The Society for the Study of Addiction (SSA) was founded in 1884 as the Society for the Study and Cure of Inebriety. Then President, Norman Kerr, delivered his inaugural address on the topic of inebriety – positioning it as a disease requiring treatment, as opposed to criminal deviance requiring punishment:

“Inebriety is for the most part the issue of certain physical conditions, is an offspring of material parentage, is the natural product of a depraved, debilitated, or defective nervous organization. Whatever else it may be, in a host of cases it is a true disease, as unmistakably a disease as is goutor epilepsy or insanity.”

In 1990, Addiction published a history of the origins and early years of the Society. This identified three themes, which dominated the Society’s early work:

  • the crusading advocacy of a disease theory of inebriety as the scientific alternative to what was seen as an outmoded moralistic approach
  • the certainty that medical concepts and treatment were the humane alternative to the penal approach
  • the belief that the State and the medical profession should form an alliance to achieve these ends

Membership rules at the time maintained a medical focus for the Society:

“Qualified medical practitioners may be admitted members on payment of an annual subscription of not less than five shillings. Registered medical students and others interested in the work of the Association are eligible as Associates, but with no power of voting in the elections or taking part in the business of the Association, on the payment of the same annual subscription.”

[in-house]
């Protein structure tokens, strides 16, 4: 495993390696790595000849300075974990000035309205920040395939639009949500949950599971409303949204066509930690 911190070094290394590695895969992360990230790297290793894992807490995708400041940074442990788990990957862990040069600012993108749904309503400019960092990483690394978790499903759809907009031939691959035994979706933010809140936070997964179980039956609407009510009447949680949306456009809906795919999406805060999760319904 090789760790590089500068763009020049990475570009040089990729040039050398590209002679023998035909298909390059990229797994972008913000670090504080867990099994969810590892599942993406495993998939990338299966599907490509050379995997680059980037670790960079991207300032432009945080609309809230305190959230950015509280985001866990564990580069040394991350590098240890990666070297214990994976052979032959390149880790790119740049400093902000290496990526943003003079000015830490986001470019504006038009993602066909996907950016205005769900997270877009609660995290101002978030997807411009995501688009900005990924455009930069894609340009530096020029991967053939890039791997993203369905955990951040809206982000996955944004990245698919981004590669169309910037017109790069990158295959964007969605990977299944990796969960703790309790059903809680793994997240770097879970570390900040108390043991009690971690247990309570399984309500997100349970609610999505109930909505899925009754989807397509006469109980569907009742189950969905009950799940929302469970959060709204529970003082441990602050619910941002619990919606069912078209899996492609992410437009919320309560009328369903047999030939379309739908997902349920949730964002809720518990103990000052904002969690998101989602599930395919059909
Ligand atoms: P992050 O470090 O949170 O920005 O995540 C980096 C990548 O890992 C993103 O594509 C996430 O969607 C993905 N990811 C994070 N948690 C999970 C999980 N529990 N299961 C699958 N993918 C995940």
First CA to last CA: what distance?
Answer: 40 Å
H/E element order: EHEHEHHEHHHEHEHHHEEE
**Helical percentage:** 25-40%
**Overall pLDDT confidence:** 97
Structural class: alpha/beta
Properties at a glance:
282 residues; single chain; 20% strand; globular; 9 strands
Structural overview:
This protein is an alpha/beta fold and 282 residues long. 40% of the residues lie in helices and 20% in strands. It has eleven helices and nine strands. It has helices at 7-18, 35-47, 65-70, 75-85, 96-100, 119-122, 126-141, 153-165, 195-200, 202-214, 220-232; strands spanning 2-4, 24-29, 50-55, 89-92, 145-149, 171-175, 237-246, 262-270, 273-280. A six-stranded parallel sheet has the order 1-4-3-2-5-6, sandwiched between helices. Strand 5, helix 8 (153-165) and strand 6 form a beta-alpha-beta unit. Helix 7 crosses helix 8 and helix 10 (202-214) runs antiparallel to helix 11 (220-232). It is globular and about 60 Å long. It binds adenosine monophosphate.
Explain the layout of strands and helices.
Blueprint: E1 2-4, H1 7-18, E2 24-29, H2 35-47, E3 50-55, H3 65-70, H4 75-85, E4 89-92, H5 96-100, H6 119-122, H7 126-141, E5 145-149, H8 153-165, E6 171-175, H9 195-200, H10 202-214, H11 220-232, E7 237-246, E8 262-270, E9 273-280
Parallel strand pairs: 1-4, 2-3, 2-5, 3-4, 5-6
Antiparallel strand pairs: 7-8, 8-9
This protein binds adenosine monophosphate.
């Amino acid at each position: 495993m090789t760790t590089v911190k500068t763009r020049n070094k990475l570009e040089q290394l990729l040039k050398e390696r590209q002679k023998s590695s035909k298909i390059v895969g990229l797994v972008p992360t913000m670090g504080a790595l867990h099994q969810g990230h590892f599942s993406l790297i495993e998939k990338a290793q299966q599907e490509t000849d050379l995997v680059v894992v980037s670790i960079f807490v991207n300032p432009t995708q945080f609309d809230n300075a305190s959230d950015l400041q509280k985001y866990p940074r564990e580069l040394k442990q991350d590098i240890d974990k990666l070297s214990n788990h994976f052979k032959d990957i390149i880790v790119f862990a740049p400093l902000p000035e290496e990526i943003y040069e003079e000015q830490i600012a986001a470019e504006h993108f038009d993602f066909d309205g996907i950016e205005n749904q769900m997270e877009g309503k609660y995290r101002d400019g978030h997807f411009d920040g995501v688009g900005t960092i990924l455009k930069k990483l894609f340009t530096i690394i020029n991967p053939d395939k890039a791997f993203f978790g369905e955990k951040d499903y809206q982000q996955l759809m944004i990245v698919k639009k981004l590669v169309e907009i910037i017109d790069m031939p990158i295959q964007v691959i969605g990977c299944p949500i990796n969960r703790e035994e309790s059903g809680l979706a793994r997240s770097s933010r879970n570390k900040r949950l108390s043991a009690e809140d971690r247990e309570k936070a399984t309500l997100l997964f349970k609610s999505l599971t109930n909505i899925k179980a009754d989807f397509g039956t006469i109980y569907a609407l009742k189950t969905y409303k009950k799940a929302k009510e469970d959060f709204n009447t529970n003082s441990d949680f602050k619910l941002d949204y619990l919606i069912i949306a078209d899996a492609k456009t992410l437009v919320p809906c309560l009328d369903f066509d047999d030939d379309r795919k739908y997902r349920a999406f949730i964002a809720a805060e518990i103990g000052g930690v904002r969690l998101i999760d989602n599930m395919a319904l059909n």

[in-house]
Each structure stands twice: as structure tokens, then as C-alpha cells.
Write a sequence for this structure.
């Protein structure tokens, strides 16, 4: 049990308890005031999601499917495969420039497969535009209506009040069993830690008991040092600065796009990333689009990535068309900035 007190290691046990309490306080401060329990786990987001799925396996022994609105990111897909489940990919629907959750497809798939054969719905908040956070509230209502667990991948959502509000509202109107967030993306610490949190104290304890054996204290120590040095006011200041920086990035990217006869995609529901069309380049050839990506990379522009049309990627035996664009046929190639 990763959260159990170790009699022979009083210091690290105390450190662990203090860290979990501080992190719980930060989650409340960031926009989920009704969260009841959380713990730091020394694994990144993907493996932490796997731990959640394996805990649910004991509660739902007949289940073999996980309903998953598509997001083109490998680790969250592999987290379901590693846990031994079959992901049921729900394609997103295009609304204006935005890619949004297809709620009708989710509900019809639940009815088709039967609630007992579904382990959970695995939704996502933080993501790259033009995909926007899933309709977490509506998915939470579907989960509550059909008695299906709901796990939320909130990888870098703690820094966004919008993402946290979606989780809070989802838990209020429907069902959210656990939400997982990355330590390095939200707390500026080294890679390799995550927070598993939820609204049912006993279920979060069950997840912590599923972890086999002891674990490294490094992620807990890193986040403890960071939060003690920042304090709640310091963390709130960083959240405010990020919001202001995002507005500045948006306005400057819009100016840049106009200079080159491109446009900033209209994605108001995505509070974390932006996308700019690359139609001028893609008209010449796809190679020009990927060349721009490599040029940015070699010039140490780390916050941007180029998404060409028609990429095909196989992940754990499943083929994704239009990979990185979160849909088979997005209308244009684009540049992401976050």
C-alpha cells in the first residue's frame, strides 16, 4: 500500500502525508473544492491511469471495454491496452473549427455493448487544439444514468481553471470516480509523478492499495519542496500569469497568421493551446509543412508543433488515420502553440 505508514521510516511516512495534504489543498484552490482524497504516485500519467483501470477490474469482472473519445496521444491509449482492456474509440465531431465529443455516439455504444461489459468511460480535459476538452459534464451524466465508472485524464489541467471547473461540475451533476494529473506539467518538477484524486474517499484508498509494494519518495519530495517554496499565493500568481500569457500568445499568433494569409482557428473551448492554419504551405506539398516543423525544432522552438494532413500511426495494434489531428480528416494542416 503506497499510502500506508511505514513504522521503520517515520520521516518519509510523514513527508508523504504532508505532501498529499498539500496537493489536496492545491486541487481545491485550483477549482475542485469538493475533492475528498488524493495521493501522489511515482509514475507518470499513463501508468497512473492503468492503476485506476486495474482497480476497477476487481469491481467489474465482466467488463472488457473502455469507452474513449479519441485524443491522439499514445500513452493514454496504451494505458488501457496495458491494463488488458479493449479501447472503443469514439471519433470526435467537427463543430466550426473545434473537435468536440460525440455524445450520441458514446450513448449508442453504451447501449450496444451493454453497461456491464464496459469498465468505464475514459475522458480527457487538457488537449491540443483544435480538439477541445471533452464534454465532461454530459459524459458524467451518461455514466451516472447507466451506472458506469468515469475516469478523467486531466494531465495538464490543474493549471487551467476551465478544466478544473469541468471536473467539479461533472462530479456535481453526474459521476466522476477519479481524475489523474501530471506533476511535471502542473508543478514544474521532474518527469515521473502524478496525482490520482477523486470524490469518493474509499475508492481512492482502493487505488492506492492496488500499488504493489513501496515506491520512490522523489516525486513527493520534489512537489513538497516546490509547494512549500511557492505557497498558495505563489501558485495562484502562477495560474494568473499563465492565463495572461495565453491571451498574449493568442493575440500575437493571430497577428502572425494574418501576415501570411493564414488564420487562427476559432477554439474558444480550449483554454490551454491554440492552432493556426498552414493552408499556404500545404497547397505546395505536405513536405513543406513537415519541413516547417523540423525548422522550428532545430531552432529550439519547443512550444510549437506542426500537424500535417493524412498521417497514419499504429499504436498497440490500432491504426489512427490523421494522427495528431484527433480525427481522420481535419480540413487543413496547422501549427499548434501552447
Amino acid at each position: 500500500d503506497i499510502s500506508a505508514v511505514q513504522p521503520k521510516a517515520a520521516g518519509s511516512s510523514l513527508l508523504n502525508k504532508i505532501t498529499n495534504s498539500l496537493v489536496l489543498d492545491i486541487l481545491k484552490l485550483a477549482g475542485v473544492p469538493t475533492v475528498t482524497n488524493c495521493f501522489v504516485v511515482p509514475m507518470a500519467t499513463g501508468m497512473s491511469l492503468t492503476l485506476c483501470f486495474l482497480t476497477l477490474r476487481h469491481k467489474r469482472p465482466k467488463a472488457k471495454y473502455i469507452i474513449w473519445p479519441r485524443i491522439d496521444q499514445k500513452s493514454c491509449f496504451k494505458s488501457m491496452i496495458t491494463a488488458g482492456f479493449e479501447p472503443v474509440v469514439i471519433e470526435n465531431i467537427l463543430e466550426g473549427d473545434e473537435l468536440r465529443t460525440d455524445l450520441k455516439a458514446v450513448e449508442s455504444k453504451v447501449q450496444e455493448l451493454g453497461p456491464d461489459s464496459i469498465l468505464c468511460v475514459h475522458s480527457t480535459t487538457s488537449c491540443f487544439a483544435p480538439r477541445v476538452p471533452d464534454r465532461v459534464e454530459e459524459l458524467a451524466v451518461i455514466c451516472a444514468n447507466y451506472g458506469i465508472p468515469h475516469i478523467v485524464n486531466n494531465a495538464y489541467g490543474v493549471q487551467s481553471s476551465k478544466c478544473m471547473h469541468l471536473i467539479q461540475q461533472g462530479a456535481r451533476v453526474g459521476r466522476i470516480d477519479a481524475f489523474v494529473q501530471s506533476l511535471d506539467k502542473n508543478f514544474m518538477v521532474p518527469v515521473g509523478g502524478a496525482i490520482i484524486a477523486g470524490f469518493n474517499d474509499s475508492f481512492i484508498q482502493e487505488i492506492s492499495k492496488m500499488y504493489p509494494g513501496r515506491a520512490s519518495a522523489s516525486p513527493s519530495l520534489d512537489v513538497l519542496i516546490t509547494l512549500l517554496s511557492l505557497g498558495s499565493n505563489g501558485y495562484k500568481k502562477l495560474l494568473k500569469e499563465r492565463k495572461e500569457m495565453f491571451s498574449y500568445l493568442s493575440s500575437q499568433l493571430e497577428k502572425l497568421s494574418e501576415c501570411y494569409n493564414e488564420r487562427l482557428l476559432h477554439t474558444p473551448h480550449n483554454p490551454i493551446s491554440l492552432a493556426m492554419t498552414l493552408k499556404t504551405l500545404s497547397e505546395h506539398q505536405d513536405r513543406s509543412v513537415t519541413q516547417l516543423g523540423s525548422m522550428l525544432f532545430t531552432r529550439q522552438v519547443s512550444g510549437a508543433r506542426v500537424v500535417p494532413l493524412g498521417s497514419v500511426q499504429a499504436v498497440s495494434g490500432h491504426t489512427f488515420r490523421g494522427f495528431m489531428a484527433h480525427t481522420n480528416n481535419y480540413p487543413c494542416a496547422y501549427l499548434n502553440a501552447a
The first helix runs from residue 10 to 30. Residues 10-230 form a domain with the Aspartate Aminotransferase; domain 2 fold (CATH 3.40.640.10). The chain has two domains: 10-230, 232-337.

Today, the Society for the Study of Addiction remains a membership organisation, but represents people with diverse professional backgrounds and perspectives – from psychiatry and sociology, to neurobiology and pharmacology. Overall, the Society strives to advance the scientific understanding of addiction and pursues this in a range of ways, including through holding an Annual Conference and PhD Symposium, running two academic journals, funding early career researchers, producing podcasts, and publishing original essays and interviews.

Below is a timeline of Society Presidents, including Mary Scharlieb, who became the first female President of the Society in 1912 – six years before the first women in the UK were given the right to vote.